It is an inward deviation of one or both eyes presenting during the first six months of life in an otherwise neurologically normal child. It is sometimes called congenital esotropia, but the deviation is rarely present at birth. Although many theories exist, the true cause of infantile esotropia remains unknown.
The eye deviation is known to be large and constant and affected children sometimes cross fixate to cope with it. They usually have small amounts of hyperopia and prescribing glasses does not alter the deviation.
Affected children should be seen early by a pediatric ophthalmologist so that a comprehensive eye exam can be done. Glasses for hyperopia may be given but surgery should be done during infancy. Doing surgery between 1-2 years of age was found to be associated with better motor and sensory outcomes. Doing the surgery after age 3 and those with very large deviations are associated with the need for a second surgery.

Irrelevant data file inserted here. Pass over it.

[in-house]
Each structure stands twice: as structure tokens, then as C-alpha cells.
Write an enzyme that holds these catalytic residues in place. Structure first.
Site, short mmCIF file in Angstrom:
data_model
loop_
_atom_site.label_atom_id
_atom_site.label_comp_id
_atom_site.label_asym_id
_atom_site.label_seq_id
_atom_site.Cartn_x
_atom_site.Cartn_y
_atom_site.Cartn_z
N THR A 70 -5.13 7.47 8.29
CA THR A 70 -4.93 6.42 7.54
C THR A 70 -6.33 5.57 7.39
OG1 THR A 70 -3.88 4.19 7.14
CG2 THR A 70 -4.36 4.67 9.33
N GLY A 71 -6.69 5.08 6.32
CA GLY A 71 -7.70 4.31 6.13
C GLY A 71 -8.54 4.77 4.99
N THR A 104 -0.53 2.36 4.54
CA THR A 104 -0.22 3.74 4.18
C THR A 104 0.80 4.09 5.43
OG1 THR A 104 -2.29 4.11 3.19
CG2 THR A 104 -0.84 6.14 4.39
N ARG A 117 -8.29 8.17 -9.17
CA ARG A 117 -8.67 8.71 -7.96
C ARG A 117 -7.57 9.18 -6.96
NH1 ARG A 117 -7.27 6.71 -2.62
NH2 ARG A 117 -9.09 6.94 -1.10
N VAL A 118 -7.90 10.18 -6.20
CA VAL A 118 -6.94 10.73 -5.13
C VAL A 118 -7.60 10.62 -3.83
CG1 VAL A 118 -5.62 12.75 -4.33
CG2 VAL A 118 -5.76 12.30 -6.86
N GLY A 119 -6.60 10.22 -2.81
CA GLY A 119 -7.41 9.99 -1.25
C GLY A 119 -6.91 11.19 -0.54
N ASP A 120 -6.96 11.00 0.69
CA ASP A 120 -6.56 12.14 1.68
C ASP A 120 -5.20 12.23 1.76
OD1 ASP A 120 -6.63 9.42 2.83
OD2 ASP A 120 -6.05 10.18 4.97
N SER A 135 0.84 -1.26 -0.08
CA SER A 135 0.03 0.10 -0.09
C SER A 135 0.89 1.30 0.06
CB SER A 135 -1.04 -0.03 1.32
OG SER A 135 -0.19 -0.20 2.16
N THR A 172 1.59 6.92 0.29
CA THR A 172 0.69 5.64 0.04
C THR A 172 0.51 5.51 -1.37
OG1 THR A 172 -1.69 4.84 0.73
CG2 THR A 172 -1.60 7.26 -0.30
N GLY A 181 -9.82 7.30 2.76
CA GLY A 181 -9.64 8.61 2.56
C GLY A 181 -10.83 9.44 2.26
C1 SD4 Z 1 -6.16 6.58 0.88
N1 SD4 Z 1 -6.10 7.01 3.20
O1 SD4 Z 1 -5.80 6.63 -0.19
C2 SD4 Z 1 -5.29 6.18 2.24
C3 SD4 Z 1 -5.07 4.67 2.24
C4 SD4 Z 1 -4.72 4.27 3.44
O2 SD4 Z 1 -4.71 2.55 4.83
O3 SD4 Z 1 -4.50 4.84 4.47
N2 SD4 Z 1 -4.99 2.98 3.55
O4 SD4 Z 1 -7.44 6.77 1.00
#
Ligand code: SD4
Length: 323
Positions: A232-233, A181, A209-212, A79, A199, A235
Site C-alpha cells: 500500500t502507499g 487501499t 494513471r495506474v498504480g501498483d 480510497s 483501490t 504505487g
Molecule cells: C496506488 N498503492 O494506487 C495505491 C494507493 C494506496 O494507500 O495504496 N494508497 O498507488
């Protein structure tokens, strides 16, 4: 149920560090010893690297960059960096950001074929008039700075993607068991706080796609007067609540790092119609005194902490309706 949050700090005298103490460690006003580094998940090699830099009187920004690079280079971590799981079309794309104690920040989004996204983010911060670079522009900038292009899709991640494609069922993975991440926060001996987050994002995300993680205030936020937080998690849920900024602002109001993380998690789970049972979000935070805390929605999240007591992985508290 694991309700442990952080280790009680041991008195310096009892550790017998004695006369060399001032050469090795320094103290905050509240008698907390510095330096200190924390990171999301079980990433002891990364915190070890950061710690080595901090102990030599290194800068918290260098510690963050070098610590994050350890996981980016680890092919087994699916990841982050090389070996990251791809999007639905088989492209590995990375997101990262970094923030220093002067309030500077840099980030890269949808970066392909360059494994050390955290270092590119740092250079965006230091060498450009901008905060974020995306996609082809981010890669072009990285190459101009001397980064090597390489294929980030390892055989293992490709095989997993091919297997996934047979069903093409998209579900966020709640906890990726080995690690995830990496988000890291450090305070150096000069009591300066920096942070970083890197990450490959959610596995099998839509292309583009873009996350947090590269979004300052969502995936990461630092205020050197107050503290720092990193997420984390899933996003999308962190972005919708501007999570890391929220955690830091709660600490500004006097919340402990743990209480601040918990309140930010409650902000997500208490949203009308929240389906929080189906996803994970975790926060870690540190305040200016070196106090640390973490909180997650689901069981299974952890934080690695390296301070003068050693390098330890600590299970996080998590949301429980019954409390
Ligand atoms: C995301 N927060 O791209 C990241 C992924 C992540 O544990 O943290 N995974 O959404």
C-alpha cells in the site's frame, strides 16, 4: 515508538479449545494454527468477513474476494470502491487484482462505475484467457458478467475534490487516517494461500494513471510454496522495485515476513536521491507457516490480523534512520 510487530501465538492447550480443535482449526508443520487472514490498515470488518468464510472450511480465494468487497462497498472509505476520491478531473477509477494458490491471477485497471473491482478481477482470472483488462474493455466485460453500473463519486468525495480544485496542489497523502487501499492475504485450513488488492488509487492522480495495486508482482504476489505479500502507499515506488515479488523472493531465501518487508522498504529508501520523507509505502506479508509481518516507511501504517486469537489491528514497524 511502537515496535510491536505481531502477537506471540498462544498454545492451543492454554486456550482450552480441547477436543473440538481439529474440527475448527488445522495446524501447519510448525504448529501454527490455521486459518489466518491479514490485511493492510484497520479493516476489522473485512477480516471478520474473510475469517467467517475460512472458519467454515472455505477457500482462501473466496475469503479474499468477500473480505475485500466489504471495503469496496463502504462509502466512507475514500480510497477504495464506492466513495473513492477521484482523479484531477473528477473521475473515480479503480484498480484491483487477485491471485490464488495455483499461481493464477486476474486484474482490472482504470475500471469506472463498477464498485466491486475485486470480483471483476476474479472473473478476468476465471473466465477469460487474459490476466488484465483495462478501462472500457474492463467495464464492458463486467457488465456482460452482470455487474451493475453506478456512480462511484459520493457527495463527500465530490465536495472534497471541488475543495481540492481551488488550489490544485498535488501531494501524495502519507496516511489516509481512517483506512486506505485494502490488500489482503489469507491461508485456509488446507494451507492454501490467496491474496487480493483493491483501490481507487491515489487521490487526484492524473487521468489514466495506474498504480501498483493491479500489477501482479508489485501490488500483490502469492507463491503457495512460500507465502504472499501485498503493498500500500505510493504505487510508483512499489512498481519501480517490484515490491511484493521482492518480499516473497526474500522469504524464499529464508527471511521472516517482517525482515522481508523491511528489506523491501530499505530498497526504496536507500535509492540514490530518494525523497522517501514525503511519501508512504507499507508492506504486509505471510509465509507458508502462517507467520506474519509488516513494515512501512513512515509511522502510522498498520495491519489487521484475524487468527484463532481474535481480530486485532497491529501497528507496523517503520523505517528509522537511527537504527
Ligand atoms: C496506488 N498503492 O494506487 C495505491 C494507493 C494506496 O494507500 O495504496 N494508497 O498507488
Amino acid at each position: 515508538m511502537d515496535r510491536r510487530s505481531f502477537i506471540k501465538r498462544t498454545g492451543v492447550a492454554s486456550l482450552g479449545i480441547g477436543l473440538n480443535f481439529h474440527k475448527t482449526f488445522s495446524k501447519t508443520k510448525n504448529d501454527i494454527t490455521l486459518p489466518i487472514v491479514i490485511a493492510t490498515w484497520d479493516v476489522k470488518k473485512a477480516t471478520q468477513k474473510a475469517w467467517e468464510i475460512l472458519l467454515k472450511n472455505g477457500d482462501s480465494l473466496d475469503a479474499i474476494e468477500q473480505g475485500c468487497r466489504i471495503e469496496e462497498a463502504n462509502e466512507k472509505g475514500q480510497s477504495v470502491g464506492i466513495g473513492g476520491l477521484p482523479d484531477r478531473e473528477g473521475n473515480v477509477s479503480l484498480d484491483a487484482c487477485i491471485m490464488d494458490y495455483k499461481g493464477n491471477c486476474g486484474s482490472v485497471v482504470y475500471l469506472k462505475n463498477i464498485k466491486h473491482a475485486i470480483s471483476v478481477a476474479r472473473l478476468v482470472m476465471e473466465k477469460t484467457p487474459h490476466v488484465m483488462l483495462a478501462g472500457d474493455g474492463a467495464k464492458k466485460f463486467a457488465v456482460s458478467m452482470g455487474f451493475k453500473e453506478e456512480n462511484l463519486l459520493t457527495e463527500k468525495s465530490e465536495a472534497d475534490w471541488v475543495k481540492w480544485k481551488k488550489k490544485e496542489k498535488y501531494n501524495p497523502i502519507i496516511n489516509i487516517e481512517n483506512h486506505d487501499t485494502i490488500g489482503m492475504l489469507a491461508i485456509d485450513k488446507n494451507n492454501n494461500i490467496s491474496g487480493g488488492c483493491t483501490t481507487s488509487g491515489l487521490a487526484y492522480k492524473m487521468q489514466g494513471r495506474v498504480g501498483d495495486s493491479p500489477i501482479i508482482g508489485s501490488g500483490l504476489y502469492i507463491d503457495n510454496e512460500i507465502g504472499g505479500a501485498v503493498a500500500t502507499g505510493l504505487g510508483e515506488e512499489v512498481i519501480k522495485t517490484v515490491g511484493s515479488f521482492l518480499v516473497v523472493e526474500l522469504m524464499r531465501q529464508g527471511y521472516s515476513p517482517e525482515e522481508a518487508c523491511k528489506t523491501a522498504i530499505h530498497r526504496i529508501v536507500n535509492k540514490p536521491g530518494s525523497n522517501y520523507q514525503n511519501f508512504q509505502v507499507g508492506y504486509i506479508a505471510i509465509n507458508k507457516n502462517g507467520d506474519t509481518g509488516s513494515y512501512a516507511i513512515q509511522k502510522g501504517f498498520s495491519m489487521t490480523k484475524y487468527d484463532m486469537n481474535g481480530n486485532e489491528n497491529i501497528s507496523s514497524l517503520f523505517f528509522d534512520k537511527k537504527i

Bilateral medial rectus recession is preferred over unilateral recess-resect due to better outcomes. However, despite a successful early surgery, these children could still develop other eye deviations, such as inferior oblique overaction or dissociated vertical deviation up to 2 years after surgery.
Botox injection to the eye muscles is an alternative to surgery, and may even be used as an adjunct to it for very large deviations, but it is not considered superior to it.